A good remix is a bit like chocolate souffle. It’s hard to make, but when it’s done right, it’s sublime. Like many of us, Dua Lipa spent quarantine in the kitchen and she cooked up a remix album of her March release, Future Nostalgia.
The Club Future Nostalgia album, out now, brings a raft of pop icons into the fold – Madonna, Mark Ronson and Missy Elliott, to name but a few – and the results are delicious.
Taking a banger and making it slap harder in a remix is no mean feat. To celebrate, we’re revisiting some historic remix albums in recent memory.
DUA LIPA – CLUB FUTURE NOSTALGIA
Listening to Club Future Nostalgia, you get the feeling Dua Lipa misses the club. Bad. When the original was released in March, the world was going into lockdown. Disco was not at the top of the priority list.
Now, as we stare down the barrel of a continuously locked-down future, Dua’s dialed up the tempo with a collection of veritable bops. It’s hard to feel sad when you’ve got Missy on the milkshakes using Gwen Stefani’s bananas.
Levitating (feat. Madonna and Missy Elliott) sees the original song’s BPM bumped right up into gay club anthem territory. Take Madonna’s signature American drawl and Missy Elliot throwing in a ‘skkrt’ or two and you’ve got a lounge room party-starter.
That’s big Dua energy.
CLIENT LIAISON – DIPLOMATIC IMMUNITY REMIXED
If there was an Olympic Games for pop music, Client Liaison would be our Australian representatives.
They’ve essentially remixed the entire soundscape of the 1980s. They’ve taken the decade – 808s and all – and they’ve run it through the office shredder before pasting the pieces together to create some of this country’s most beloved dance hits.
Their 2016 album Diplomatic Immunity is infectious fun. Diplomatic Immunity Remixed is a little more ambitious.
Luke Million’s reimagining of Off White Limousine is slick and Northeast Party House’s World Of Our Love remix throws the tune down the stairs of a grungy Melbourne club. The most iconic collaboration on the album would have to be with Tina Arena on A Foreign Affair.
This meeting of minds came to a glittering climax at Splendour In The Grass in 2017, when Arena dropped into their New Year's Eve set to sing a rendition of her hit, Sorrento Moon.
People cried, this writer included.
MADONNA – YOU CAN DANCE
It’s hard to imagine but up until the ‘80s, remixing as we know it it didn’t exist. The concept of copying, repeating, pasting and playing with pitch was still in its infancy when Madonna decided she’d put her songs down to flip and reverse them.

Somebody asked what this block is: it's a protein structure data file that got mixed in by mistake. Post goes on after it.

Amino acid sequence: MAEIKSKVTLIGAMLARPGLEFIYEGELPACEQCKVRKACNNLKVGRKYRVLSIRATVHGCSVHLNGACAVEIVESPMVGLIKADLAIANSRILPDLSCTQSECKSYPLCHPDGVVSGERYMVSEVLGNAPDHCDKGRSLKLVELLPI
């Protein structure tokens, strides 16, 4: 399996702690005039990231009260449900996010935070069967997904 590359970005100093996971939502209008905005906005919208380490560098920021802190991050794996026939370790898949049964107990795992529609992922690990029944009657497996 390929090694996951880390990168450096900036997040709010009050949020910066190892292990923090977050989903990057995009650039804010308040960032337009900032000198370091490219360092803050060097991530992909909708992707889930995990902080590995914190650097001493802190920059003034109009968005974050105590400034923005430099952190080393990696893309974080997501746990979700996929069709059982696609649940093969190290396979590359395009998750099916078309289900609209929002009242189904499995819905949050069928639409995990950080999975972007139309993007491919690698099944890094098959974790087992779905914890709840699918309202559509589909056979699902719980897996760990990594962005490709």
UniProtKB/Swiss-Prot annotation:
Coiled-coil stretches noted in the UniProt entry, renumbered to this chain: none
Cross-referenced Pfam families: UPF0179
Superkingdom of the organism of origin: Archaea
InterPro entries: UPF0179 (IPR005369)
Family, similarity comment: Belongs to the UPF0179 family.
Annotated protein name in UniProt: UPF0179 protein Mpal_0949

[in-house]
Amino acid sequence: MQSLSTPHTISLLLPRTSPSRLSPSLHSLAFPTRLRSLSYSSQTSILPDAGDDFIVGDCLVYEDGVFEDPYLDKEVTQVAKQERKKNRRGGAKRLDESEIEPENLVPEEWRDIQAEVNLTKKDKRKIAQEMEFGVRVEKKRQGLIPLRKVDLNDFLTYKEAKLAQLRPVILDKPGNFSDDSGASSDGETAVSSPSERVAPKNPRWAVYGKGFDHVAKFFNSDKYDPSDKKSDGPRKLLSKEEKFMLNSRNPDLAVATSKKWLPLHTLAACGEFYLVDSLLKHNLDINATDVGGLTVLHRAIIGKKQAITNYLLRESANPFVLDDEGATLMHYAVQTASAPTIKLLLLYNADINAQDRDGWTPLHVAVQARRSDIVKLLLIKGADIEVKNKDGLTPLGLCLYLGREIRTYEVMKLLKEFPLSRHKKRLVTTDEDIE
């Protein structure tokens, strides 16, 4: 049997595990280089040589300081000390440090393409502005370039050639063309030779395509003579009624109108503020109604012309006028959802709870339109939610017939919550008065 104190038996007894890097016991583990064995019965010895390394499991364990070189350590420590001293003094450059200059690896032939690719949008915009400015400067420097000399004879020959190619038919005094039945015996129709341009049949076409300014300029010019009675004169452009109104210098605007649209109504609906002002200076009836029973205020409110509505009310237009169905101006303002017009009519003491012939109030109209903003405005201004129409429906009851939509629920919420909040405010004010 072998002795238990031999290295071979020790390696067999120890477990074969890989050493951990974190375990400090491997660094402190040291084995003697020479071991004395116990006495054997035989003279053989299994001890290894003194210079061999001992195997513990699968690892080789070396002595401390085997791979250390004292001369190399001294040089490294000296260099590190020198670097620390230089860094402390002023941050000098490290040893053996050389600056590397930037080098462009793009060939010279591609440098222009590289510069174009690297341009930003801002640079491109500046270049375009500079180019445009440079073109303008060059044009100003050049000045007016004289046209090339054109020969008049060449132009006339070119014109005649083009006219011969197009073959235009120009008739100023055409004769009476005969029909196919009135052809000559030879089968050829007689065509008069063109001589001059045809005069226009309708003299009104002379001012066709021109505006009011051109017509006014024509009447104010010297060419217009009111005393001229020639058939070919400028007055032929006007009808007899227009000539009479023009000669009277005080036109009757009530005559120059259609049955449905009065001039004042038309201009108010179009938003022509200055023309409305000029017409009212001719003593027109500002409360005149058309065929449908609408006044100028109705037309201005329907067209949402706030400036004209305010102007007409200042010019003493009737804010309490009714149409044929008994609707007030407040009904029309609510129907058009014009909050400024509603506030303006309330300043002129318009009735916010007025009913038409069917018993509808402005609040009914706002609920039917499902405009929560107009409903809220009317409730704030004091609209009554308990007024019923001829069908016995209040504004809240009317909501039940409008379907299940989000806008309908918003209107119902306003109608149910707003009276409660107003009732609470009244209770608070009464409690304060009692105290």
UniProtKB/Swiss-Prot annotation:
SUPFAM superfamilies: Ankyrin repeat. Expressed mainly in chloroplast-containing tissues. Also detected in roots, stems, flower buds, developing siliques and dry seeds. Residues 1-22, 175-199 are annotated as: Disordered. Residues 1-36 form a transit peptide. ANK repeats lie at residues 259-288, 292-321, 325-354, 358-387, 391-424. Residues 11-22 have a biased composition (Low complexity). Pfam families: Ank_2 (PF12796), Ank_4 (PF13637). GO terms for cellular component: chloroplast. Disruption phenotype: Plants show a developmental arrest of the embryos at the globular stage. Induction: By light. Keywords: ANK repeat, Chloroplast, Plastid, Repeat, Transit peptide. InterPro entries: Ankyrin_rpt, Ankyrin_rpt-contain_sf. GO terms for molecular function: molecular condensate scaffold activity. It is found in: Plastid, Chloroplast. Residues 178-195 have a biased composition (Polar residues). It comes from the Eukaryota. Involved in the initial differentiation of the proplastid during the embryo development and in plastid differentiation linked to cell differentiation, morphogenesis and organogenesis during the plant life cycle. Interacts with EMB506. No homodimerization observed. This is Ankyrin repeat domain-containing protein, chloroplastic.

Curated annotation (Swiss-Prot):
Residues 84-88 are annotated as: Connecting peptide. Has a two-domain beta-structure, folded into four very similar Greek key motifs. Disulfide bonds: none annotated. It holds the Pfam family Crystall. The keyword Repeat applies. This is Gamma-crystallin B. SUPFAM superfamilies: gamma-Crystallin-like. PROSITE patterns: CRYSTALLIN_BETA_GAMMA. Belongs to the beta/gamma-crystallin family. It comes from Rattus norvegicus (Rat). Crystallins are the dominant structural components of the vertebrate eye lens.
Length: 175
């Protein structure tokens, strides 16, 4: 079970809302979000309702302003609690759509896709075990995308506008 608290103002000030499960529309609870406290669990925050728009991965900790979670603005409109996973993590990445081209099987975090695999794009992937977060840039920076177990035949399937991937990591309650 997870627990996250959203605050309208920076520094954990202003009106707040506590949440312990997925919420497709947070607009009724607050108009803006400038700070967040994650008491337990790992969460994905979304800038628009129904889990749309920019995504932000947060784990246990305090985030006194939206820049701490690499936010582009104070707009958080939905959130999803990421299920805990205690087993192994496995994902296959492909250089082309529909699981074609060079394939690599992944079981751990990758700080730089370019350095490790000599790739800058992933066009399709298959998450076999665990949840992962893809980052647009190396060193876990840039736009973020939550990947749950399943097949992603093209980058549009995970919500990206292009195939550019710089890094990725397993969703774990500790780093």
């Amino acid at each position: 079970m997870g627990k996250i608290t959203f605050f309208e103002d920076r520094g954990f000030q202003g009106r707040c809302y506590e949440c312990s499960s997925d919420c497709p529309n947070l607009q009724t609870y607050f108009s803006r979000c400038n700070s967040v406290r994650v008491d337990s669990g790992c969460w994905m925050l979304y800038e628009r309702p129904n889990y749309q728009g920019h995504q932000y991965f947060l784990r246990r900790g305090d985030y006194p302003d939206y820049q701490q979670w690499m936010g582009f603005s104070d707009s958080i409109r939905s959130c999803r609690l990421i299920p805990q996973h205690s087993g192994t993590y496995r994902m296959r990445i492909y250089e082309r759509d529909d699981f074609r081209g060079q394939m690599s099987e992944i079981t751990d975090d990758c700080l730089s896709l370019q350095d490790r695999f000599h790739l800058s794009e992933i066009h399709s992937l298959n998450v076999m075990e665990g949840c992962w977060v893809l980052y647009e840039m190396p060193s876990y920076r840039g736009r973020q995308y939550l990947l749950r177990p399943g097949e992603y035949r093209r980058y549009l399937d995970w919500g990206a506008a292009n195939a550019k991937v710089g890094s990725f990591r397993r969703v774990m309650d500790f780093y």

You Can Dance is a chaotic 10-track record with drum-machined versions of family favourites like Into The Groove. It sold five million copies worldwide, making it the second best-selling remix album of all time.
If the hallmark of a successful remix is one that’s more recognisable than the original, then the version of Holiday on this album does it. Listen to them side by side. You’ll notice that the remix just makes you feel like you’ve had one too many Pina Coladas and you’re giving the carpeted dancefloor of a cruise ship a red hot go. It’s naff but it slaps.
KATIE NOONAN – SECOND SKIN
What happens when you take pure, pitch-perfect vocals and let the blokes behind Ministry Of Sound have a fiddle? You get Second Skin, a reworking of Australian artist Katie Noonan’s first soul-soaked solo album.
The jump this album makes is huge. The originals are soft, buttery jazz tracks. The remixes are glitzy, Paris Hilton-era club pop tracks that wouldn't sound out of place playing at Supre. If you like Sneaky Sound System, the colour fluorescent yellow and/or doing cocaine, you’ll love discovering this album.
It didn’t sell as many copies as Madonna’s remix album, but it does do something really special – it takes the music equivalent of a Monet and makes it postmodern.
JUSTIN BIEBER – NEVER SAY NEVER: THE REMIXES
Do not exit the browser.
Hanging shit on Justin Bieber is a popular pastime for punters young and old but give yourself room to examine it and you might find the criticism unfounded. You don’t have to be a Belieber to recognise JB’s bops are pop at its purest. It’s pop on pop on pop. Say pop again. Pop.
Never Say Never: The Remixes was released in 2011 – when his side-fringe was at its chunkiest – and it absolutely cranks.
It’s hard to discount this album when you’ve got Miley Cyrus, Usher, Kanye West and Wu-Tang Clan’s Raekwon featuring.
The title track, Never Say Never feat. Jaden Smith, is the real reason this album makes the list. It’s fist-pumping pop. It’s hard to stop yourself from singing along with 12-year-old Smith’s verse, particularly the line ‘no pun intended was raised by the power of Will’.
That’s pop art.